Now that the collective nerdgasm over the Macworld Keynote has subsided (however slightly), questions and criticisms concerning the upcoming, unreleased, and not yet available iPhone are beginning to circulate.
I’m in the market for a new phone. And a new carrier. I’ve been using Sprint for the past two years and, when I’m not at work, it’s been fine. But as I begin approaching the office, my phone switches to roam. If I need to make a phone call from my cell during the day, I have to walk out to the parking lot. Granted, I don’t often make calls, but when I do, it’s usually important. Lately the roaming thing hasn’t been consistent, which tells me that Sprint is trying to correct the problem. Still, at random and unknown times, the phone will suddenly switch to roaming. And as much as I love surprises, this is not one I particularly enjoy. So, after talking to everyone and anyone at the office and discovering they all use Cingular (soon to be AT&T;), and as much as I hate and despise Cingular’s customer service, it looks like I’ll be moving to Cingular soon. So from a provider standpoint, I’m fine with iPhone being tied to Cingular.
There are a lot of things to love about the iPhone. It’s sexy, it’s Apple, and if works as advertised, it’s going to revolutionize much of the industry. But we don’t know that what was presented during the Keynote will ultimately be what is released. This includes both the good aspects as well as the bad. And, in my opinion, there’s enough bad to keep me away from the iPhone for a while.
First, it uses EDGE rather than G3. Ok, that’s not necessarily a show stopper, but it’s bothersome that something which is intended to revolutionize is using outdated technology. I suspect Apple chose EDGE due to battery life concerns.
And speaking of batteries, you can’t change the battery. If your battery starts giving you problems, do you have to take it into a Cingular store for repair – or worse, mail it to Apple? (The closest Apple Store to me is approximately 7 hours away.) How long will the repair take? Do I get a loaner phone during this downtime? Please. The battery needs to be removable and replaceable by the user.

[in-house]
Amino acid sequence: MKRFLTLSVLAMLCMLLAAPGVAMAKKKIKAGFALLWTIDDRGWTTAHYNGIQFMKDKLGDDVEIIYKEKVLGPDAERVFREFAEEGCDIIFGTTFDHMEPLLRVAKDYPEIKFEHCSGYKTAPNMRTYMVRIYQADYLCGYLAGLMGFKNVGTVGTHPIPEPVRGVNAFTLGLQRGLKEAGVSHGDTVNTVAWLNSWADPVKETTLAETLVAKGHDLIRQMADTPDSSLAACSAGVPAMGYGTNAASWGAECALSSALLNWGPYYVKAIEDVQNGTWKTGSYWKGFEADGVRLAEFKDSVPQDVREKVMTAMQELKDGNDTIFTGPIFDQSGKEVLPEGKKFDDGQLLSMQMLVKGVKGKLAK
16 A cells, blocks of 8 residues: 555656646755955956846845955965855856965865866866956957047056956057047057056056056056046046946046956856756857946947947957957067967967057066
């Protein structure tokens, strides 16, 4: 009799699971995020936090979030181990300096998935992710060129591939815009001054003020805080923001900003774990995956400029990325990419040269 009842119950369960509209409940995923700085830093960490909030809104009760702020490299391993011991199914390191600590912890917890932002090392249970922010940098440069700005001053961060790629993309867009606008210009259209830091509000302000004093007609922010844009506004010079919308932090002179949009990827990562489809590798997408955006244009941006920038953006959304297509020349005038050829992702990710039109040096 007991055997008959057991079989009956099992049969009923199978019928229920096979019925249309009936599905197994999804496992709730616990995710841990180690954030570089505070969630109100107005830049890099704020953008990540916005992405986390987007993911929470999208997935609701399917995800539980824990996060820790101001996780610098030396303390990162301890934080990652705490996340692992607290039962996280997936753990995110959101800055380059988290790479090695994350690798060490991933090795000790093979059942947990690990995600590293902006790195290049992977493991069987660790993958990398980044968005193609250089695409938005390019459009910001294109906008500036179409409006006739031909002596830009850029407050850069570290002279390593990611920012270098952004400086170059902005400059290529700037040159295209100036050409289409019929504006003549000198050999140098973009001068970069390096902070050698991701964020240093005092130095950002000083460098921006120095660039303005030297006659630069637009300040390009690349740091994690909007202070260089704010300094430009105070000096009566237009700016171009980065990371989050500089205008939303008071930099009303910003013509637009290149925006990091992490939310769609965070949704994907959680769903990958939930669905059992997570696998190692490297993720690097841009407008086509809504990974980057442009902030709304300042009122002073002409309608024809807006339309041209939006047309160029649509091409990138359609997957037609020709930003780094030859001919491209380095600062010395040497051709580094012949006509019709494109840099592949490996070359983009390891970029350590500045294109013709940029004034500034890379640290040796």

I don’t care what anyone else says, $599 is a lot of dough considering that it requires a 2-year commitment to Cingular. Cingular hasn’t released any details concerning the available data plans for the iPhone, so the price is unknown. Their basic Wi-Fi plans run from $69.99 to $99.99 per month ($1,679.76 to $2,399.76 over the life of the contract). If you have a basic voice plan ($39.99), you can add a 20MB data plan for an additional $35.99 per month. That works out to $75.98 per month or $1,823.52 over the life of the contract. Add $599 to those big numbers and you’re talking over $2,000 regardless of the plan.
And I hate the fact that it’s going to be a closed system. Sure, this might change, but given the following quote from Jobs, I don’t see it changing any time soon:
“We define everything that is on the phone,” Jobs told the New York Times. “You don’t want your phone to be like a PC. The last thing you want is to have loaded three apps on your phone and then you go to make a call and it doesn’t work anymore. These are more like iPods than they are like computers.” Jobs told Newsweek something similar. “You don’t want your phone to be an open platform,” he said. “You need it to work when you need it to work. Cingular doesn’t want to see their West Coast network go down because some application messed up.”
Wow. Who knew that one bad application could bring down Cingular’s entire West Coast network? You’d think they’d have some kind of stopgap measures in place to keep that from happening. Just how vulnerable is Cingular? Moreover, I’m a big boy. I don’t need Apple standing in as some sort of pseudo-Mom and telling me what I can and can’t install on my phone. If I install an application and suddenly can’t make a phone call, can’t I just reset the phone to factory settings? I can reset my iPod. I can reset my computer. I can reset almost every electronic device I own, but I can’t reset my iPhone?
The iPhone immediately grabbed the heart of almost every geek in the world. Developers want to make applications for it. This could easily become the most awesome community in recent history, but not if it’s closed off. The argument that third-party applications are inherently untrustworthy and need Apple’s pre-approval doesn’t wash. I’ve had plenty of Apple-approved applications behave badly and I’ve got plenty of free/shareware applications that I’ve never had a problem with. Apple’s pre-approval process is a bad decision. Only those with the financial resources to participate in Apple’s program will be able to develop applications. The little guy, the community, is being shut out. That’s a bad decision, but one I don’t see Jobs flip-flopping on any time soon.
Around the web:
- Digg comments
- Steve Jobs knows best
- iPhone: No 3rd party apps, now shut up and eat your grits
- Pogue’s Ultimate iPhone FAQ
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